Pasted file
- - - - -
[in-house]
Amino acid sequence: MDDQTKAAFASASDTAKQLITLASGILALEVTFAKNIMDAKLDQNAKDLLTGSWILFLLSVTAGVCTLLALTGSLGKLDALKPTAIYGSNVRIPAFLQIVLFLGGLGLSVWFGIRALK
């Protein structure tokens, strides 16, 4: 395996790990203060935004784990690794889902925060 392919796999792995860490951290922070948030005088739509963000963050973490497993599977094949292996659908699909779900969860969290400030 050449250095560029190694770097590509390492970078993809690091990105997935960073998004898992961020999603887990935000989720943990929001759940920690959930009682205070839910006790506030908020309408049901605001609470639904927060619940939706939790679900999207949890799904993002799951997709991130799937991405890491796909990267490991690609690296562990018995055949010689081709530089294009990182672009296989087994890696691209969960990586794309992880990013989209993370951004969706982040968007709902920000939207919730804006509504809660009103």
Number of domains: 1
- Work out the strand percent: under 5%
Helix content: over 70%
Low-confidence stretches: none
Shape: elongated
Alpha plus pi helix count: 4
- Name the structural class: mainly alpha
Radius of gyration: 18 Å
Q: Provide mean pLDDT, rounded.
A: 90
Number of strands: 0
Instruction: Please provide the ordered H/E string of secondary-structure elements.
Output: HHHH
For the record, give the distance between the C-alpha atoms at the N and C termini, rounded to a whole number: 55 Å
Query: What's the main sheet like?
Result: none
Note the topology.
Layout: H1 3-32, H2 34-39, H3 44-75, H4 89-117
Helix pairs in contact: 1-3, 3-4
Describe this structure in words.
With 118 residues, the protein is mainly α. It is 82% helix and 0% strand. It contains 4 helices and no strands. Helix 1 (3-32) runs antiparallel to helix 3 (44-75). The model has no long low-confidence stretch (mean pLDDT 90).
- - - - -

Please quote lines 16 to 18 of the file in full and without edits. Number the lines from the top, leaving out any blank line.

Output: HHHH
For the record, give the distance between the C-alpha atoms at the N and C termini, rounded to a whole number: 55 Å
Query: What's the main sheet like?